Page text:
Friday, December 9

Cameron Diaz is back to show it’s not all over for actresses after 40 | Rebecca Nicholson

CAmeron Diaz retired from acting after her last film – a remake of annie in which she played Miss Hannigan – was released in 2014. She casually confirmed that she was no longer acting in an interview with ew in 2018, telling her co-stars of the early noughties romcom The Sweetest Thing that she was “currently retired”. two years later, she expanded on her decision to step away from Hollywood, telling Gwyneth Paltrow that she had grown tired of being “infantilised” by her industry and realized she had to learn how to become self-sufficient. The move brought her, she said at the time, “a peace in my soul”.

Obviously, Diaz has since learned how to boil the kettle and make herself a cuppa, because she is coming out of retirement after eight years. Jamie Foxx broke the news on Twitter, announcing that he and Diaz would be starring in a new film for Netflix called, appropriately, Back-in-Action. Foxx added a clip of him on the phone to Diaz, who claimed she was feeling anxious. “I don’t know how to do this,” she said; Foxx then recruited the retired and then not-retired NFL star Tom Brady to give her a little guidance on how to stage a comeback.

Not much is known about the film, but dead line is calling it an “action-comedy” and production will start this year. Diaz, who will turn 50 next month, is most known for her comedy work de ella, but a glance at her IMDb page is a reminder of her sheer range, from Being John Malkovich to Shrek to There’s Something About Mary. Diaz returning to the action genre seems a wise and intriguing choice and not just for fans of the Barrymore-Diaz-Liu Charlie’s Angels holy trinity.

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Men get to be action heroes for as long as they want. Tom Cruise and Keanu Reeves are still box office titans. One of the most awaited films of the next couple of years is the fifth Indiana Jones movie, starring Harrison Ford, who is now 79. The same is starting to apply to women. The biggest role in years for Charlize Theron, 46, was as an immortal warrior in The Old Guard. Carrie-Anne Moss, 54, returned to The Matrix. Sandra Bullock, 57, pulled off a retro action hit with Lost City. It is horror, more than action, but Jamie Lee Curtis, 63, is about to leave the Halloween franchise after 44 years with Halloween Ends.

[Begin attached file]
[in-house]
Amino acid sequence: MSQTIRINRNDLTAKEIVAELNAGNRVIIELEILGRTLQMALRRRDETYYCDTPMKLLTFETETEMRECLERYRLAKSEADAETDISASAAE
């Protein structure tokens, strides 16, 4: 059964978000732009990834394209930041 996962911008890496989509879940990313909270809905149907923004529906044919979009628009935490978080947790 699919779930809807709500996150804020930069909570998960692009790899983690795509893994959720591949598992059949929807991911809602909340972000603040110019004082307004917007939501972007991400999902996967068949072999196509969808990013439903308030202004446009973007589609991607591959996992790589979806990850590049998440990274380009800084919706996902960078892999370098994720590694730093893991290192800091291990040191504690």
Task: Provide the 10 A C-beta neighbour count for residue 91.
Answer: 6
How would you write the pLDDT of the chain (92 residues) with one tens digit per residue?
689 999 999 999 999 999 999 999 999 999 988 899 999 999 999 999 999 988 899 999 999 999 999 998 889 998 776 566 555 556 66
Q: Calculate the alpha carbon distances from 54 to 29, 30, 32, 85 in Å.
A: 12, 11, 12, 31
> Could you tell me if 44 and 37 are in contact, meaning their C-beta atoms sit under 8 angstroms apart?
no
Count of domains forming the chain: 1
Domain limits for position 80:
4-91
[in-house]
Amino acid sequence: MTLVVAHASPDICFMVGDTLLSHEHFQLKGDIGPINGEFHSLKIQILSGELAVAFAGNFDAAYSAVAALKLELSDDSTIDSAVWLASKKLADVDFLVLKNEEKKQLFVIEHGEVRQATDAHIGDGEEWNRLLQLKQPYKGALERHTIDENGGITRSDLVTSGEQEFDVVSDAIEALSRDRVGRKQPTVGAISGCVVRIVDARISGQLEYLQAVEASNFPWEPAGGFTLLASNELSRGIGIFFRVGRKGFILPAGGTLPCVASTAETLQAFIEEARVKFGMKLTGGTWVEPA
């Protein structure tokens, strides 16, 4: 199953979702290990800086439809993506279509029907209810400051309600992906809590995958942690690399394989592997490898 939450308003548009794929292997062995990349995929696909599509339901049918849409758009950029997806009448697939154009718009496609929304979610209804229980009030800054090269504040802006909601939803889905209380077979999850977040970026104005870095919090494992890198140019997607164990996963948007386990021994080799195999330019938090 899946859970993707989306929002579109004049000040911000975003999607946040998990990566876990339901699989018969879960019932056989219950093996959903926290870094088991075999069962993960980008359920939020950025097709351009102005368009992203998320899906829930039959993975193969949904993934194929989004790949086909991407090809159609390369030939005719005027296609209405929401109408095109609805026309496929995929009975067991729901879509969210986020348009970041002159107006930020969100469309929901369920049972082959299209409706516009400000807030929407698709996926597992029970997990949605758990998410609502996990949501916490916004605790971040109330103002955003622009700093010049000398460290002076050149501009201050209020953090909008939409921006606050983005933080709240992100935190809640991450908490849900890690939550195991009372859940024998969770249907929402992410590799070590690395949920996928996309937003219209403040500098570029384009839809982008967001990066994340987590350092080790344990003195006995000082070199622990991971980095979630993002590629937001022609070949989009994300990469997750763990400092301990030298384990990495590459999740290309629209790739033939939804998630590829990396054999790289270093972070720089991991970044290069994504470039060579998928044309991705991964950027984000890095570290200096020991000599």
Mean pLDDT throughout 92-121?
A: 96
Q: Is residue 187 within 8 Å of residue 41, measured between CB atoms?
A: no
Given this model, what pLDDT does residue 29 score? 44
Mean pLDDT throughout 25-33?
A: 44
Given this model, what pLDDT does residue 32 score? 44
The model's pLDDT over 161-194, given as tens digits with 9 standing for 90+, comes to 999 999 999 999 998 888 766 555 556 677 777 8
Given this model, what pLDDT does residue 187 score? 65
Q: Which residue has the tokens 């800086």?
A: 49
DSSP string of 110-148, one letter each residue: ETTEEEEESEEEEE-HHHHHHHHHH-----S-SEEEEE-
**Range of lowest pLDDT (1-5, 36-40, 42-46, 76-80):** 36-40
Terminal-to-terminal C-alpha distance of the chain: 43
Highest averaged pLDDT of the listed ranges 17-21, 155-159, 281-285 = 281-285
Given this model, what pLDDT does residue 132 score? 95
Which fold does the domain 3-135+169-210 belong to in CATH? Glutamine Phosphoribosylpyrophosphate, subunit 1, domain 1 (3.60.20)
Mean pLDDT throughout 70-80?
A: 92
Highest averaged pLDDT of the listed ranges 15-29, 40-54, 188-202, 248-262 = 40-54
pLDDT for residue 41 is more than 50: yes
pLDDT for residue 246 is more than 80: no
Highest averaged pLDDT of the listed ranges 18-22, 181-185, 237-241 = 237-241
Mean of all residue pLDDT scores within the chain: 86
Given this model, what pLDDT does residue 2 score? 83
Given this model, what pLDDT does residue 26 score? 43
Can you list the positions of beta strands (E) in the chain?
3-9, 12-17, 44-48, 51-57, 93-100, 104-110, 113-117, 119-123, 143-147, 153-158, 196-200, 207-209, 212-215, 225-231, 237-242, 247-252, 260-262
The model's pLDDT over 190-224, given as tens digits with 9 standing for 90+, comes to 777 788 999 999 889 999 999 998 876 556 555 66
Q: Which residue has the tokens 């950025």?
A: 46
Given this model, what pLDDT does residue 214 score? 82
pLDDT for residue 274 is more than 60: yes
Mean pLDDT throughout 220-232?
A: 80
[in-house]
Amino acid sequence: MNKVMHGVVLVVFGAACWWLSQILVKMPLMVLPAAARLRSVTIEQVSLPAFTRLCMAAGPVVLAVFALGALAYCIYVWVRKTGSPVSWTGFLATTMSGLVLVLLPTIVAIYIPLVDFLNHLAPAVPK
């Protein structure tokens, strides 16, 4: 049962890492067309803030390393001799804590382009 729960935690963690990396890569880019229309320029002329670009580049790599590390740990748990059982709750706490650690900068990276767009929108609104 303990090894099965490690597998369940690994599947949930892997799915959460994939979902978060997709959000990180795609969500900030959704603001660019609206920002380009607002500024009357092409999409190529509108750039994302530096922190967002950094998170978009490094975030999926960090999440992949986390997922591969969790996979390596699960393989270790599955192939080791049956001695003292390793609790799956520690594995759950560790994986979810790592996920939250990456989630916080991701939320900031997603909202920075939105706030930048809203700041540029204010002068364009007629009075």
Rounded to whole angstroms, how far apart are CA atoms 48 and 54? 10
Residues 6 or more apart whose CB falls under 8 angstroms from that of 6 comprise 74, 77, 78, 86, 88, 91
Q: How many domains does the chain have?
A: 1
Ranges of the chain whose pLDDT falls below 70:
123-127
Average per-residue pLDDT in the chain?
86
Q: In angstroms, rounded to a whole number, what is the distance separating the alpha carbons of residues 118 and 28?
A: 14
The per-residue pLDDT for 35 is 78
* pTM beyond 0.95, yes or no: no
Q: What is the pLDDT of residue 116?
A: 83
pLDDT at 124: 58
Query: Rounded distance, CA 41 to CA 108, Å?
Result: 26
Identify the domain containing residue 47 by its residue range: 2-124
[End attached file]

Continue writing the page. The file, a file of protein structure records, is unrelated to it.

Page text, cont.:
There is plenty of debate and satire about what happens to female actors after they turn 40, but in action films there appears to be a clear answer: they get to kick ass.

Kirstie Allsopp: don’t keep taking the Airpods

Kirstie Allsopp: look before you eat. Photograph: David M Benett/Dave Benett/Getty Images

Sometimes, all you need is the news that Kirstie Allsopp accidentally swallowed an Airpod while purposefully swallowing her vitamin pills. “I do n’t recommend it,” she tweeted, reassuring followers of her that she had managed to “chuck it up” without going to hospital, although it left her with a sore throat. Some were skeptical about her ability to confuse a headphone with a tablet, though they have clearly not seen the size of a supermarket’s own-brand combination vitamin D and calcium, which I take whenever I want to cosplay being a Borrower.

Maybe this is why, unlike Giant Chocolate Buttons, Giant Tic Tacs were not a thing. You never know what could happen if you needed minty fresh breath while enjoying the latest episode of This American Life. Allsopp has taken a combative approach to the surprisingly large number of Airpod-ingestion deniers on Twitter, pointing out it would be a stupid thing to lie about.

Incredibly, she is not the first human being to claim to have made the same mistake. Having trawled through the bins to retrieve one of my Airpods (not swallowed, just tossed), surely cables have made a strong enough case for their usefulness to be allowed to comeback.

Avril Lavigne: she’s still wearing the trousers

avril lavigne
Avril Lavigne: a turn-up for the books. Photograph: Paras Griffin/Getty Images

To paraphrase some lesser musical act, it was 20 years ago today, ish, that Avril Lavigne taught the band to play, or at least taught fans to wear baggy trousers that scraped the floor when you walked, dislodging a strip of fabric between hem and trouser leg, which one of my loosest-trousered friends would repurpose as a tied-on wristband.

Though it was a good early example of zero-waste fashion, a tatty bracelet made from puddle-splashed denim is a concept that remains stranded in 2002.

Lavigne marked the 20-year anniversary of the release of her debut album, let goby posing for a photograph in New York City that recreated the cover. The shoes were a little higher and the trousers a little less billowing, but you had to squint to be able to tell that 20 years had passed. (Shawn Mendes pulled a similar trick last week, recreating the cover of his 2016 album illuminate with the caption, “back in time”. He is 23, so by the time he hits the 20-year mark, his nostalgia for him is going to be through the roof.)

Lavigne’s sartorial impact may come and go, but her musical legacy has proven to be robust. At Glastonbury last weekend, Olivia Rodrigo covered Lavigne’s big hit Complicated, which she has been performing on her Sour tour. In April, in Toronto, she brought out Lavigne to perform it on stage with her. Astoundingly, Rodrigo has not yet celebrated her own 20th anniversary: ​​the song came out almost a year before she was born.

Rebecca Nicholson is an Observer columnist

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